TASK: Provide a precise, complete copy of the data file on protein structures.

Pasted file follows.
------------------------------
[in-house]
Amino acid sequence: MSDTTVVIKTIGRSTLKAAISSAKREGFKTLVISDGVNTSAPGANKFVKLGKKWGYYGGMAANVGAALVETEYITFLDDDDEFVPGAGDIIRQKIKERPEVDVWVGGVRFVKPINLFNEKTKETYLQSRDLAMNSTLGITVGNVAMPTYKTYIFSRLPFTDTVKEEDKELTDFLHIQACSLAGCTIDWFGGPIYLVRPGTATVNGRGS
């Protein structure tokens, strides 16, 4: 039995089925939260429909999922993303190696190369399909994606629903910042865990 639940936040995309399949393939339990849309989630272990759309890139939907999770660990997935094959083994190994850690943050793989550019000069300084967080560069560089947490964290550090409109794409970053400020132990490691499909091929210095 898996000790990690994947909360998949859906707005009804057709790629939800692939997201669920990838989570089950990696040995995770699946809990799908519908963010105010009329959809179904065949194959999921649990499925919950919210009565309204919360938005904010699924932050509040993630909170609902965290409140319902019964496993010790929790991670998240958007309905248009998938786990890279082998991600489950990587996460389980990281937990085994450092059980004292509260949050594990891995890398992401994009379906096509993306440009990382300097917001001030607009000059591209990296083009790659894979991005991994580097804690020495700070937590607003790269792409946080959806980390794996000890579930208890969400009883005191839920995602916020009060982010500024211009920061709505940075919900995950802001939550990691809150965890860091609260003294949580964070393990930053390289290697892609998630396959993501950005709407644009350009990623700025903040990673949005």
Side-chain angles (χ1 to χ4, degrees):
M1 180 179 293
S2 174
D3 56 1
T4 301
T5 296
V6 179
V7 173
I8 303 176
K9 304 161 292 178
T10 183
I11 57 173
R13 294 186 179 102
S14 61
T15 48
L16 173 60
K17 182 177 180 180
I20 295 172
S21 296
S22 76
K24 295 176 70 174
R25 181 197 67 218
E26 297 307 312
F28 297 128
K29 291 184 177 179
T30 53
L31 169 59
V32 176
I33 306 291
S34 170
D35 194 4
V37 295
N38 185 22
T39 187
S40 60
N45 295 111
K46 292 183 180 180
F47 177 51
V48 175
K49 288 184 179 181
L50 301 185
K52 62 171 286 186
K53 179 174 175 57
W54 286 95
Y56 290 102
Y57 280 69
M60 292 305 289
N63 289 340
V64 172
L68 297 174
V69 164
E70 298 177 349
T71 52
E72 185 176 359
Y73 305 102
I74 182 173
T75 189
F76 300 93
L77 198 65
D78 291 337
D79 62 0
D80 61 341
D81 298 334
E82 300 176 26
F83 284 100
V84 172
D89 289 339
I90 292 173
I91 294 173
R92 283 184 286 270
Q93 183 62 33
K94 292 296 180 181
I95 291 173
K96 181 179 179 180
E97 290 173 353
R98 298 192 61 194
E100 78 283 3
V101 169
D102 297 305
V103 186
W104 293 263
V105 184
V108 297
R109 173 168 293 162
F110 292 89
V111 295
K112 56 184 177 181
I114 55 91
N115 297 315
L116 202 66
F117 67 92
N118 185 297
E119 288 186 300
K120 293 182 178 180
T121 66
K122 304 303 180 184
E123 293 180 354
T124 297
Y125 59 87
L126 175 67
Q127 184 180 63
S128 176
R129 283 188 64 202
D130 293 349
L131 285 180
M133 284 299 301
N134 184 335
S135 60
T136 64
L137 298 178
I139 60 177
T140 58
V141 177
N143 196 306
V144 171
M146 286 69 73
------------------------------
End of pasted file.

[in-house]
Amino acid sequence: MSDTTVVIKTIGRSTLKAAISSAKREGFKTLVISDGVNTSAPGANKFVKLGKKWGYYGGMAANVGAALVETEYITFLDDDDEFVPGAGDIIRQKIKERPEVDVWVGGVRFVKPINLFNEKTKETYLQSRDLAMNSTLGITVGNVAMPTYKTYIFSRLPFTDTVKEEDKELTDFLHIQACSLAGCTIDWFGGPIYLVRPGTATVNGRGS
């Protein structure tokens, strides 16, 4: 039995089925939260429909999922993303190696190369399909994606629903910042865990 639940936040995309399949393939339990849309989630272990759309890139939907999770660990997935094959083994190994850690943050793989550019000069300084967080560069560089947490964290550090409109794409970053400020132990490691499909091929210095 898996000790990690994947909360998949859906707005009804057709790629939800692939997201669920990838989570089950990696040995995770699946809990799908519908963010105010009329959809179904065949194959999921649990499925919950919210009565309204919360938005904010699924932050509040993630909170609902965290409140319902019964496993010790929790991670998240958007309905248009998938786990890279082998991600489950990587996460389980990281937990085994450092059980004292509260949050594990891995890398992401994009379906096509993306440009990382300097917001001030607009000059591209990296083009790659894979991005991994580097804690020495700070937590607003790269792409946080959806980390794996000890579930208890969400009883005191839920995602916020009060982010500024211009920061709505940075919900995950802001939550990691809150965890860091609260003294949580964070393990930053390289290697892609998630396959993501950005709407644009350009990623700025903040990673949005």
Side-chain angles (χ1 to χ4, degrees):
M1 180 179 293
S2 174
D3 56 1
T4 301
T5 296
V6 179
V7 173
I8 303 176
K9 304 161 292 178
T10 183
I11 57 173
R13 294 186 179 102
S14 61
T15 48
L16 173 60
K17 182 177 180 180
I20 295 172
S21 296
S22 76
K24 295 176 70 174
R25 181 197 67 218
E26 297 307 312
F28 297 128
K29 291 184 177 179
T30 53
L31 169 59
V32 176
I33 306 291
S34 170
D35 194 4
V37 295
N38 185 22
T39 187
S40 60
N45 295 111
K46 292 183 180 180
F47 177 51
V48 175
K49 288 184 179 181
L50 301 185
K52 62 171 286 186
K53 179 174 175 57
W54 286 95
Y56 290 102
Y57 280 69
M60 292 305 289
N63 289 340
V64 172
L68 297 174
V69 164
E70 298 177 349
T71 52
E72 185 176 359
Y73 305 102
I74 182 173
T75 189
F76 300 93
L77 198 65
D78 291 337
D79 62 0
D80 61 341
D81 298 334
E82 300 176 26
F83 284 100
V84 172
D89 289 339
I90 292 173
I91 294 173
R92 283 184 286 270
Q93 183 62 33
K94 292 296 180 181
I95 291 173
K96 181 179 179 180
E97 290 173 353
R98 298 192 61 194
E100 78 283 3
V101 169
D102 297 305
V103 186
W104 293 263
V105 184
V108 297
R109 173 168 293 162
F110 292 89
V111 295
K112 56 184 177 181
I114 55 91
N115 297 315
L116 202 66
F117 67 92
N118 185 297
E119 288 186 300
K120 293 182 178 180
T121 66
K122 304 303 180 184
E123 293 180 354
T124 297
Y125 59 87
L126 175 67
Q127 184 180 63
S128 176
R129 283 188 64 202
D130 293 349
L131 285 180
M133 284 299 301
N134 184 335
S135 60
T136 64
L137 298 178
I139 60 177
T140 58
V141 177
N143 196 306
V144 171
M146 286 69 73